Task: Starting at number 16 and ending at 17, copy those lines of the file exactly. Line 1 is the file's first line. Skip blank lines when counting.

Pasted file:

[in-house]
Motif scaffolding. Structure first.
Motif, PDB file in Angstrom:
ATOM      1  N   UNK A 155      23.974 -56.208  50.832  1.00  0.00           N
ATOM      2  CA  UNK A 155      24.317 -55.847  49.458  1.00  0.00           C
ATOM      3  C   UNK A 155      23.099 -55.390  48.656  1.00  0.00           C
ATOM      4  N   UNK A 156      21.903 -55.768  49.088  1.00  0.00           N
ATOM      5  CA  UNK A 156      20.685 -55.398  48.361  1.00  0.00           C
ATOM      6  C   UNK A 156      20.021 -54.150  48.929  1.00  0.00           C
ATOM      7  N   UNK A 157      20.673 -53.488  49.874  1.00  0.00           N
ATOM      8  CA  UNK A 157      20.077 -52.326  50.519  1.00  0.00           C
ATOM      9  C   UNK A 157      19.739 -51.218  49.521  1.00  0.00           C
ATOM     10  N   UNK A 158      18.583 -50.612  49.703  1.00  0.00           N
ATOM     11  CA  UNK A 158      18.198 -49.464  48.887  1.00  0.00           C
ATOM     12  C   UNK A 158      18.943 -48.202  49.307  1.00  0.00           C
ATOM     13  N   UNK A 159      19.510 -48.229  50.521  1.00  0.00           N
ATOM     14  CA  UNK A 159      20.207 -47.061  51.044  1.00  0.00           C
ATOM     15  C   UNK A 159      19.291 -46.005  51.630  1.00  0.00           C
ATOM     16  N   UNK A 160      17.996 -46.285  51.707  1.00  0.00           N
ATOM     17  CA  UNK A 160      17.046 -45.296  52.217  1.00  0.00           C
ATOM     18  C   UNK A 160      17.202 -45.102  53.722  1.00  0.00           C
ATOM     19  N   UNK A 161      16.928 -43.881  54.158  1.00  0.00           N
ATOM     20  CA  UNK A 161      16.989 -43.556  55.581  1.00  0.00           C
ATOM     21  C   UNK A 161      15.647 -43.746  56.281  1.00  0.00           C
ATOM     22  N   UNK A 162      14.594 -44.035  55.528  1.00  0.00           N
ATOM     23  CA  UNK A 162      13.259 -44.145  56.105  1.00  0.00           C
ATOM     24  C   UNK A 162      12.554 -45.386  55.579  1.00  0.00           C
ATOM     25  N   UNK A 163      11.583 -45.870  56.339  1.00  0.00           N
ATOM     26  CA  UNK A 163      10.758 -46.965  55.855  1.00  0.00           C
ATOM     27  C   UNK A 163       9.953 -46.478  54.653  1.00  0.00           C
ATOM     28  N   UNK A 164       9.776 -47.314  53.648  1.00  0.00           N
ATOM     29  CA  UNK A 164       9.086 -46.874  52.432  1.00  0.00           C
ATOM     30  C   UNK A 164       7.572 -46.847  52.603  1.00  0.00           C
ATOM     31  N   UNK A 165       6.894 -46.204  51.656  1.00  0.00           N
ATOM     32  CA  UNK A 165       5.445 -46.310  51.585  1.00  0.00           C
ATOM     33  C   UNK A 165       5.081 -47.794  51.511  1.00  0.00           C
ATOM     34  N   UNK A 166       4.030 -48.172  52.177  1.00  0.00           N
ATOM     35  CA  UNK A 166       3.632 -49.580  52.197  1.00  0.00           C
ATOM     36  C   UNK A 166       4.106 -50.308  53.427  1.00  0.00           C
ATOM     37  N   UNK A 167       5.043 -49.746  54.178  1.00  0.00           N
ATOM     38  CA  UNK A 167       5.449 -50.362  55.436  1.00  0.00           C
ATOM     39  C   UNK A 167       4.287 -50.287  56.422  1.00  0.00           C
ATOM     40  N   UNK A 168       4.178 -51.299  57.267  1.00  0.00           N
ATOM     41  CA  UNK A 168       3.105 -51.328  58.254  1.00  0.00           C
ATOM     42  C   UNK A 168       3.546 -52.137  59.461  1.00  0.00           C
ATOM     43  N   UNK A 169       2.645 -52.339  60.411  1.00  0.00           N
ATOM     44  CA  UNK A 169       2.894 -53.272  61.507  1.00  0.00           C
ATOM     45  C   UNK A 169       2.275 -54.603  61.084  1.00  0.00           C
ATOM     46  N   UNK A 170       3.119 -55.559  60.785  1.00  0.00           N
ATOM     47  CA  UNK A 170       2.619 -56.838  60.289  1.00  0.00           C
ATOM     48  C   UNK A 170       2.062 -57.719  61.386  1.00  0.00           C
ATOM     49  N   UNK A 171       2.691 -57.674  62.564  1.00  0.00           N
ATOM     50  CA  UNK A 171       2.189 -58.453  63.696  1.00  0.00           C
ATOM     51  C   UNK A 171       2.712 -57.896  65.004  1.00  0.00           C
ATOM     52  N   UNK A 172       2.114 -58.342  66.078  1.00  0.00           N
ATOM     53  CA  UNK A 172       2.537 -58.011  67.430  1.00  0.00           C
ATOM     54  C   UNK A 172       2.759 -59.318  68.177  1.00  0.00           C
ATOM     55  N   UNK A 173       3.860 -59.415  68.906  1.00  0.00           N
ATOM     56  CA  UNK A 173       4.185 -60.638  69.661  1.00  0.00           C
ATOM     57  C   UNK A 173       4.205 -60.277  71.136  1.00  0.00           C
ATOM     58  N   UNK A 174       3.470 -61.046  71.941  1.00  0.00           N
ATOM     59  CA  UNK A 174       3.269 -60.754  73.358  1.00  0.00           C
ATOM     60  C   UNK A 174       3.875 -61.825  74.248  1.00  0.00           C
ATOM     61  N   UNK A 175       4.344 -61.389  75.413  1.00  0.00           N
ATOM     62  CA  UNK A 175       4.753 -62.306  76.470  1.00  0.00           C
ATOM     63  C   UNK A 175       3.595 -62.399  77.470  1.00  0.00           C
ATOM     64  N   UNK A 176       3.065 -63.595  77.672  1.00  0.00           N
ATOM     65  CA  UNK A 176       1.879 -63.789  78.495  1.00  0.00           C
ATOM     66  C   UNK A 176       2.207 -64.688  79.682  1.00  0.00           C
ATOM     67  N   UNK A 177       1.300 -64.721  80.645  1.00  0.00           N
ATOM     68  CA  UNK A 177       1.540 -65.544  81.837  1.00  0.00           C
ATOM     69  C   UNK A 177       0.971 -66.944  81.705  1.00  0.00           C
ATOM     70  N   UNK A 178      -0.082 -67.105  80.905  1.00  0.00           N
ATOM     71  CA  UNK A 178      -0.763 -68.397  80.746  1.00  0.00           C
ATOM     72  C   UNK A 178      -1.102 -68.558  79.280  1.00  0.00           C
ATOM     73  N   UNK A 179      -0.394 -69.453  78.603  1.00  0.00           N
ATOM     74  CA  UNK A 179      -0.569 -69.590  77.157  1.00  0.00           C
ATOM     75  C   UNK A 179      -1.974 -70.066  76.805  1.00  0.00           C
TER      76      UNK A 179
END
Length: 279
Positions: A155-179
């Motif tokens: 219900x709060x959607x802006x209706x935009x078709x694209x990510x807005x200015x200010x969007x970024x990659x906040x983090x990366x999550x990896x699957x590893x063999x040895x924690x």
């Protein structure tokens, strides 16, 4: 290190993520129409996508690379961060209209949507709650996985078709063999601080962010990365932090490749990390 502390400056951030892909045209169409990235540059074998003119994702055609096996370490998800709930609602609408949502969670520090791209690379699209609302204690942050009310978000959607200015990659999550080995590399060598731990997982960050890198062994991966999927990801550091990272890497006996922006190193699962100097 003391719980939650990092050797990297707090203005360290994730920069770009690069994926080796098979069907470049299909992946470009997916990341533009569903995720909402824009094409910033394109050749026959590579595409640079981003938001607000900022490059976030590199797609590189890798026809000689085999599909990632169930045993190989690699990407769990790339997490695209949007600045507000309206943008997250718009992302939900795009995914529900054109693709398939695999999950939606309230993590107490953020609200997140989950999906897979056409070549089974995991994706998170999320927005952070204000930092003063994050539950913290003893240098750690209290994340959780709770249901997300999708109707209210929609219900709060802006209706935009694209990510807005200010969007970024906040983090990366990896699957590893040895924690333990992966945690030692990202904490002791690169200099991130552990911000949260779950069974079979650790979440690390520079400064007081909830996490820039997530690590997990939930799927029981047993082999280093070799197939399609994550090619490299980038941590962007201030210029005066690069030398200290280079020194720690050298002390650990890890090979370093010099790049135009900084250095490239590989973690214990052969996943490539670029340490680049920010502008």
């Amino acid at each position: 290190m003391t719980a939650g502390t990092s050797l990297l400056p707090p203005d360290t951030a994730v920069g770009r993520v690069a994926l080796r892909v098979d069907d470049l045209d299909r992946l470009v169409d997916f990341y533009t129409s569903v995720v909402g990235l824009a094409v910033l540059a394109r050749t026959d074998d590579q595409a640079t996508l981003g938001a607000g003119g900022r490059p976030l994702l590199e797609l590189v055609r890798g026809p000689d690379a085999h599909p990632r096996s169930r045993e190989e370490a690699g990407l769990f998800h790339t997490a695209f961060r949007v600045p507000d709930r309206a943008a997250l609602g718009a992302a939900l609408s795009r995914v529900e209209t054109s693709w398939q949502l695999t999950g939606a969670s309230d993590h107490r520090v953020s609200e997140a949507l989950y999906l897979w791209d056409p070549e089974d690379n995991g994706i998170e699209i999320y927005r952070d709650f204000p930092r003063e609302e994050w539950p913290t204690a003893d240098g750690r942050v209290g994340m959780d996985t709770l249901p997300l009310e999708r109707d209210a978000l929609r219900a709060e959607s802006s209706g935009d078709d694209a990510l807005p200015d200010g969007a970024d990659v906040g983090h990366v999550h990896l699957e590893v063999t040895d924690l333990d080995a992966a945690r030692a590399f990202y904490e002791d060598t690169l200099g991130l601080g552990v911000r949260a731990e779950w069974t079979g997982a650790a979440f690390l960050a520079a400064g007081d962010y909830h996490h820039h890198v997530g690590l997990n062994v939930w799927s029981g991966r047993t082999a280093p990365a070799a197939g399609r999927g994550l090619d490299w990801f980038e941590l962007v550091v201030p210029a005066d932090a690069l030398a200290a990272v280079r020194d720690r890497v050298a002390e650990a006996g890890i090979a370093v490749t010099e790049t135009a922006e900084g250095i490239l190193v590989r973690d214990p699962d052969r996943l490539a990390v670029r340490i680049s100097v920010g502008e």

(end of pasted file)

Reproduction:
ATOM     13  N   UNK A 159      19.510 -48.229  50.521  1.00  0.00           N
ATOM     14  CA  UNK A 159      20.207 -47.061  51.044  1.00  0.00           C